"Mentoring is very important to keep good teachers in the classroom. When I started in teaching ages ago, I had a principal who stepped in and mentored me, and his advice was invaluable to me," he said. "And anything to do with getting a good start in reading is a cornerstone of what we're trying to accomplish. We also passed open enrollment legislation in one of the first years I was down there, and I think that's been important."
One might notice that the landmarks he mentions are not financial programs, or even teacher pay bills. In the long run, the philosophical efforts may be more important than the economic ones, he feels.
"I really think that every year we have tried to give schools as much as we possibly could, although some teachers will probably disagree with that," he added. "My experience is that education is a priority for 99 percent of the legislators who are elected in Iowa, and I can tell you that it makes no difference what party they belong to when it comes to education."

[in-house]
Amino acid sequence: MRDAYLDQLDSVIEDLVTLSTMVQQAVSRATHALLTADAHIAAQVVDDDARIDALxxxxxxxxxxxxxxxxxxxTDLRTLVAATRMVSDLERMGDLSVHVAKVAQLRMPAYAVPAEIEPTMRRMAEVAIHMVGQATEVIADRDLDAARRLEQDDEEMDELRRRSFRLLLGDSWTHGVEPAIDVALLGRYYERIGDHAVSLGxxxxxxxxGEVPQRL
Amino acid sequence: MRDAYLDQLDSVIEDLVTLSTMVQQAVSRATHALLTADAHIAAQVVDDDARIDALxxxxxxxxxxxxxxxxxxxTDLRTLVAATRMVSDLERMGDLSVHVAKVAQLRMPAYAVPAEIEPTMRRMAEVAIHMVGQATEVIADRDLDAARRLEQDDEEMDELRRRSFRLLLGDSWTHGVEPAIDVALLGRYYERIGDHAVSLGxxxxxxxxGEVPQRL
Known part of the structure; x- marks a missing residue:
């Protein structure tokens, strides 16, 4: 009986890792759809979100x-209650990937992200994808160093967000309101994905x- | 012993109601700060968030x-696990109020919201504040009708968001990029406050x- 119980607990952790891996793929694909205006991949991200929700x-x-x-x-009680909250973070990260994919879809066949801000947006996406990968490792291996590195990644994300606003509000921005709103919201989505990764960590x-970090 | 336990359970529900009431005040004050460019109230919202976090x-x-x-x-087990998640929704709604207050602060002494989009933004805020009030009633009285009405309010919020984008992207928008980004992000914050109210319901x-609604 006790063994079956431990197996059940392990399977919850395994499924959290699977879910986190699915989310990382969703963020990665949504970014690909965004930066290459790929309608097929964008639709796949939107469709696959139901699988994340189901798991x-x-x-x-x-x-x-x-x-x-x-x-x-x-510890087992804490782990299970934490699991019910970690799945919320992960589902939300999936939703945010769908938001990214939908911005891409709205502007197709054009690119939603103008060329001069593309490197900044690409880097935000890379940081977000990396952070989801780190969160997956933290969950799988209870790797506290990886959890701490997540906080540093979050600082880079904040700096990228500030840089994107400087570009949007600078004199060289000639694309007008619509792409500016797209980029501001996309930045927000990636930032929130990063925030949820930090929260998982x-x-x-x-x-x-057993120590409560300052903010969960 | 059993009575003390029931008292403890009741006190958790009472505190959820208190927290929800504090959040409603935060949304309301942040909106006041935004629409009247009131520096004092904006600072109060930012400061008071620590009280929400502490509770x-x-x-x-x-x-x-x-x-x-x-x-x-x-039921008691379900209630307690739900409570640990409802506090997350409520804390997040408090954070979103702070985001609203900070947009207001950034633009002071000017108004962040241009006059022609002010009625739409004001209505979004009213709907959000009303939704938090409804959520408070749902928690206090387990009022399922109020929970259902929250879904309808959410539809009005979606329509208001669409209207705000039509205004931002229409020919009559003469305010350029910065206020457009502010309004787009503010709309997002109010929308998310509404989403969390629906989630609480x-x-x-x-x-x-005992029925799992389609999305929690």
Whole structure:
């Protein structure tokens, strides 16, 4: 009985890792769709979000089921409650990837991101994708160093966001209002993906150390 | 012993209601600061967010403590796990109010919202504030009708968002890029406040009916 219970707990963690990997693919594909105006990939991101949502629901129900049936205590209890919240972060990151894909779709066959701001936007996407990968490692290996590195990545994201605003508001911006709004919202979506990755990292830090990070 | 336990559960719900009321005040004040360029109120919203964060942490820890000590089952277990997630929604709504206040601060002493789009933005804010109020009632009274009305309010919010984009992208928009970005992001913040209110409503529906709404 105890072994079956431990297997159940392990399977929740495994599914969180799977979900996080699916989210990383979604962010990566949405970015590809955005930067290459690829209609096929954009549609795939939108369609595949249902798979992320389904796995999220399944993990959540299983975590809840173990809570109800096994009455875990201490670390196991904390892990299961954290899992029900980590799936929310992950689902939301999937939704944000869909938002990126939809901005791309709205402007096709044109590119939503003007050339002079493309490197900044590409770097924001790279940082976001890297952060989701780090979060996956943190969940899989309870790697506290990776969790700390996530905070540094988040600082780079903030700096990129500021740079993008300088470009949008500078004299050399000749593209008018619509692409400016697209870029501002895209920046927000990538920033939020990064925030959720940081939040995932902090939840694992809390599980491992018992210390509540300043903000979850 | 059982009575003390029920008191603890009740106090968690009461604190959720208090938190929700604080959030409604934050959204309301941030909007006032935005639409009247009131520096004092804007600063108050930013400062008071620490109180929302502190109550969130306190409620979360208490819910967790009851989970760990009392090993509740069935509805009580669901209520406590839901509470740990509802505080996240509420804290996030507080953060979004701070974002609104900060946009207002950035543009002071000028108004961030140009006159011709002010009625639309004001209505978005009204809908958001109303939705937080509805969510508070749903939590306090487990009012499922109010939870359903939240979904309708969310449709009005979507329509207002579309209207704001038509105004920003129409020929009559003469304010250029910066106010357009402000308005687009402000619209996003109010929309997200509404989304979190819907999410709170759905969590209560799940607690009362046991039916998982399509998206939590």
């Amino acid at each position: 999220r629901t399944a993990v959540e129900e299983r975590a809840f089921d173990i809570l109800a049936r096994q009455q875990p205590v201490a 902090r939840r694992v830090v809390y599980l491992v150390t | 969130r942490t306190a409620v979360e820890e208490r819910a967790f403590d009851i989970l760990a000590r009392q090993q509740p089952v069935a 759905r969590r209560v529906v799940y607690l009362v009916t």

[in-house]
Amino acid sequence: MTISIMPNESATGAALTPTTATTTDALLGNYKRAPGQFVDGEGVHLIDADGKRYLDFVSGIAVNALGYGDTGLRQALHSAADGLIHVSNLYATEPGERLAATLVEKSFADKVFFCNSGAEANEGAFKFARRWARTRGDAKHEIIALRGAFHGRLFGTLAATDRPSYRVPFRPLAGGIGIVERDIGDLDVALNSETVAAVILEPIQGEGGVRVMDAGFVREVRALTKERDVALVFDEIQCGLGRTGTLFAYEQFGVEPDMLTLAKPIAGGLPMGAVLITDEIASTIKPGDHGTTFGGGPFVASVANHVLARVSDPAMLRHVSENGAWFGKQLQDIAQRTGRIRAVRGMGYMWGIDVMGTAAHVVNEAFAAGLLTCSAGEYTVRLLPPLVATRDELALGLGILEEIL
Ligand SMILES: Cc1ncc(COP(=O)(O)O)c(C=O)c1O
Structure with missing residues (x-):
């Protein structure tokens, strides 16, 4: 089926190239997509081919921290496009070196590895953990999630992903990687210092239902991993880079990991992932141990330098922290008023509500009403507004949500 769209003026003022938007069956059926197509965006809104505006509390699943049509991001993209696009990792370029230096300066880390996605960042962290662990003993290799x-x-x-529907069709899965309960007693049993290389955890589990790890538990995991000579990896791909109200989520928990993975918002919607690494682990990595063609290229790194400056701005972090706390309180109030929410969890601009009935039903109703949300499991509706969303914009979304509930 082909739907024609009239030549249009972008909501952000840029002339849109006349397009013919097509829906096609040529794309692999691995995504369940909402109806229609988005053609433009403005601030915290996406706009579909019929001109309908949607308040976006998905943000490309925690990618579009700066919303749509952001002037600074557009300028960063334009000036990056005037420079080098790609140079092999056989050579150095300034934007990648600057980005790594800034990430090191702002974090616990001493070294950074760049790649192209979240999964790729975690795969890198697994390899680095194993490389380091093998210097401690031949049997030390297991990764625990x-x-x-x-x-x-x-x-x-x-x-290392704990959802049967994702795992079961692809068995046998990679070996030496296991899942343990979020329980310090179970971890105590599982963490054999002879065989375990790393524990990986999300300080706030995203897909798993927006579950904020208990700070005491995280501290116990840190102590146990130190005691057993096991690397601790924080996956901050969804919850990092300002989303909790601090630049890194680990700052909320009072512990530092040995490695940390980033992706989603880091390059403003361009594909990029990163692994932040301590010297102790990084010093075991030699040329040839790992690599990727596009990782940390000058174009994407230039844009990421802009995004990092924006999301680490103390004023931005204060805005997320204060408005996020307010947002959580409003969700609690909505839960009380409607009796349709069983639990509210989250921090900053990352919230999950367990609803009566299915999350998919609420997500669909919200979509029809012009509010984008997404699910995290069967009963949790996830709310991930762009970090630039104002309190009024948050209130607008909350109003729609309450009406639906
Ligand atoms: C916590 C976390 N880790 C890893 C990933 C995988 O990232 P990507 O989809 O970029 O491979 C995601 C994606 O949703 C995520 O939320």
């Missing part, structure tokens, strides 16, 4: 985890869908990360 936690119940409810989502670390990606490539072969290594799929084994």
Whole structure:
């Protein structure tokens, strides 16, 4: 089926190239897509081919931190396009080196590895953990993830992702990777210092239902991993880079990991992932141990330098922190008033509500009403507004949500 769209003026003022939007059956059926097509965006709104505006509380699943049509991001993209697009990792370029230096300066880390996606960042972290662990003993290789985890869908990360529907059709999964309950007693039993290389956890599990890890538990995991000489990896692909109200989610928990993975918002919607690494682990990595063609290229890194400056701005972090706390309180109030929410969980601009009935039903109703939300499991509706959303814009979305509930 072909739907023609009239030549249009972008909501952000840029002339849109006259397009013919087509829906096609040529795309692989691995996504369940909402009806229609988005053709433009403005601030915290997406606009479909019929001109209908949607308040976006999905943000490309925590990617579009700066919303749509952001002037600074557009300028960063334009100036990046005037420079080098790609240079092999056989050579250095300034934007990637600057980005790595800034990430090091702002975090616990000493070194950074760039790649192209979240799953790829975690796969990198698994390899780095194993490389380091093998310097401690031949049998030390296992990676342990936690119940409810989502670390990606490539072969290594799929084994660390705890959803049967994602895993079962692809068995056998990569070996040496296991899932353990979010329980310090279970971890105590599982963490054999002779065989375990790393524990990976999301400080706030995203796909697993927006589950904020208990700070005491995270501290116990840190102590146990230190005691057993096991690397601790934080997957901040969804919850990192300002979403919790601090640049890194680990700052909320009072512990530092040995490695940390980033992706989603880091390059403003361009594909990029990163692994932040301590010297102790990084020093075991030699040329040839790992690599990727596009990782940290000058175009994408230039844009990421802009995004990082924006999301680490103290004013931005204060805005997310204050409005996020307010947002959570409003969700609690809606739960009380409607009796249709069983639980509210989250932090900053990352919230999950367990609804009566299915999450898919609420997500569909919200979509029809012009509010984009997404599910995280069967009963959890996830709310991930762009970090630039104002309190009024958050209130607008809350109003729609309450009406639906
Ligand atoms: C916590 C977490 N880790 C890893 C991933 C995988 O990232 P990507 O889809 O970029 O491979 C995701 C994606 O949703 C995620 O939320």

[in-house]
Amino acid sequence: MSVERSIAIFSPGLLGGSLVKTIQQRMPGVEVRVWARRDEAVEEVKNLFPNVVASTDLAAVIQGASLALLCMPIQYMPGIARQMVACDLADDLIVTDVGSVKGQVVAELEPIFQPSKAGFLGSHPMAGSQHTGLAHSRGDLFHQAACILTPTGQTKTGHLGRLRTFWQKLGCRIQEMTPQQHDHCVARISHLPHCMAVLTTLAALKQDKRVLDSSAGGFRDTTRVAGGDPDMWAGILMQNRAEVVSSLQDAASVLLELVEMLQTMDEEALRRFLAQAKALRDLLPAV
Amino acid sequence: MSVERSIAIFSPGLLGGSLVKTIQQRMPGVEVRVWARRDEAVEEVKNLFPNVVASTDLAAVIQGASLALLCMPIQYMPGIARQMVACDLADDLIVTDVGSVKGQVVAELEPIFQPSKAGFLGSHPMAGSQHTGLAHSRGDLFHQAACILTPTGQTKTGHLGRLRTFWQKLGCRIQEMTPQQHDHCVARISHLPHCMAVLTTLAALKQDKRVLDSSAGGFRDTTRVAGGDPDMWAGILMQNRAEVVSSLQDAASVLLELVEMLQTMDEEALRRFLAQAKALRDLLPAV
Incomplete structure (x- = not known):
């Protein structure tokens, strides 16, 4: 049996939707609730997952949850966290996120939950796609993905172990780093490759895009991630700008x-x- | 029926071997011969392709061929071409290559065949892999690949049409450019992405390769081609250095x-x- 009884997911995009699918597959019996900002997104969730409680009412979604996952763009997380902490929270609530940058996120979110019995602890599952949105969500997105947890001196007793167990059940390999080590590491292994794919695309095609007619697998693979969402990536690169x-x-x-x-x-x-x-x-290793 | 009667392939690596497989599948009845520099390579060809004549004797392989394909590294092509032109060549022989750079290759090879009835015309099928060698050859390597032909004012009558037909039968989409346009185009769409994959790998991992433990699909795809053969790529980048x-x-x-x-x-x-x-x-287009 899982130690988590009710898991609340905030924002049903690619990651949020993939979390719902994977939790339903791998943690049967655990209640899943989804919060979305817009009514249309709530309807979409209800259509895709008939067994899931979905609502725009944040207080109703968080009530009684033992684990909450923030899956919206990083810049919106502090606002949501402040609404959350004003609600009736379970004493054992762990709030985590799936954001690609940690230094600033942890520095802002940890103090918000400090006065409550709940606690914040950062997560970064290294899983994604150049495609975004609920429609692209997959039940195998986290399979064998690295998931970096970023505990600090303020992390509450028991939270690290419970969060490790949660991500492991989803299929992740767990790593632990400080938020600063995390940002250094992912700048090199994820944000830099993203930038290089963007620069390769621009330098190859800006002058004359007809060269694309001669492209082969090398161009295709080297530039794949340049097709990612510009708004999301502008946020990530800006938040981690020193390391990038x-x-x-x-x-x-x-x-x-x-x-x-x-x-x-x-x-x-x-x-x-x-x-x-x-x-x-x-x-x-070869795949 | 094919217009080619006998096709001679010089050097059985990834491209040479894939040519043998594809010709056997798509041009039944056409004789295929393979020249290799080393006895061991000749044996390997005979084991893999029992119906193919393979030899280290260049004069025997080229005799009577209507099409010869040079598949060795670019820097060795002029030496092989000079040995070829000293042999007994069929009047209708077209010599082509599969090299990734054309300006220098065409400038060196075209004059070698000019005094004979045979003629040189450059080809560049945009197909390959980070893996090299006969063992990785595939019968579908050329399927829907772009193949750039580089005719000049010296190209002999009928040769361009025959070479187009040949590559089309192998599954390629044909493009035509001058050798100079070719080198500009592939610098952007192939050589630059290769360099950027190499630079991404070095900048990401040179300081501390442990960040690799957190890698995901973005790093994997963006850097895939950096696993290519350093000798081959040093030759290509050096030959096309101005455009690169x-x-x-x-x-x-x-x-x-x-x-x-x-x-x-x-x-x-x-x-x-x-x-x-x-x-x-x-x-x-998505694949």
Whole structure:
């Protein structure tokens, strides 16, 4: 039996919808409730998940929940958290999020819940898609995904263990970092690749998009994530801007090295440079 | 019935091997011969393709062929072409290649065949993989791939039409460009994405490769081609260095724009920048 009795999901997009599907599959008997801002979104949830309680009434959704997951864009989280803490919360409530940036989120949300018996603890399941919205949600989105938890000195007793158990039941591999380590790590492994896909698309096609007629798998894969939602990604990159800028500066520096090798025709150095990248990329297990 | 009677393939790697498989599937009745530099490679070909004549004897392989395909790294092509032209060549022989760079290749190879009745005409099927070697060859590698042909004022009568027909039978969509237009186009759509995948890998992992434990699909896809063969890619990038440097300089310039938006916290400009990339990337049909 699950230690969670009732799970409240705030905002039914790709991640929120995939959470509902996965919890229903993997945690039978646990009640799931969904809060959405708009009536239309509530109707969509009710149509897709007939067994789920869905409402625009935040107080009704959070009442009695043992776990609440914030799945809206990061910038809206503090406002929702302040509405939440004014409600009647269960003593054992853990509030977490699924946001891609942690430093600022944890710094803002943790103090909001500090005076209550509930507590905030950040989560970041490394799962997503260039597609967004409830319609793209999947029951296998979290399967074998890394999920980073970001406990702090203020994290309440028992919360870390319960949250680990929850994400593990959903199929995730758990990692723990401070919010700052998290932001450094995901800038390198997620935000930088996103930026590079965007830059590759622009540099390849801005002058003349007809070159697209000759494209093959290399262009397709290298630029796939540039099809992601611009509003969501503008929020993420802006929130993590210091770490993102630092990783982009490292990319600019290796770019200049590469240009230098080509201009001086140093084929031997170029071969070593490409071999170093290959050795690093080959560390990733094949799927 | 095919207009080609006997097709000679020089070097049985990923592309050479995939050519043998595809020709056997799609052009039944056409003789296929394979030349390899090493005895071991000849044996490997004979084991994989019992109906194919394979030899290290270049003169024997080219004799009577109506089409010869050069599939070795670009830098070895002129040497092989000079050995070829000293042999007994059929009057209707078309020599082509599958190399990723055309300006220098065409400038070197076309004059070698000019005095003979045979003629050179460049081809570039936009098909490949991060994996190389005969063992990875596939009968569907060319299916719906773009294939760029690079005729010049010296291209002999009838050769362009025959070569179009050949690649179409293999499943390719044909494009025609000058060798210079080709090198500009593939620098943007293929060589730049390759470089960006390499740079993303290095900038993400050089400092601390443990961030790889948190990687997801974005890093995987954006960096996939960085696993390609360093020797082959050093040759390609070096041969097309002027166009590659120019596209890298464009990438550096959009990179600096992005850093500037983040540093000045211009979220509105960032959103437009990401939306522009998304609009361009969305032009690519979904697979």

Still, schools don't have all the tools Eddie wishes they could be given.
"I listen to Storm Lake Superintendent [Bill] Kruse talk about the impact of the "No Child Left Behind" federal legislation, and the requirements they will have to meet. All schools are going to have a real challenge meeting that, and in Storm Lake, where there is so much ethnic diversity and quite a few special needs children, I don't know how it could be possible. I think the teachers here are doing about all they can humanely be expected to do."
Attitudes are another challenge.
"I notice it now, and this was true back when I taught high school years ago - there are some kids who just don't care. Sure it starts at home, and if mom and dad don't have learning as a priority, the child may not either. That isn't the teacher's fault. I never have been able to figure out how you are supposed to legislate attitude," Eddie said.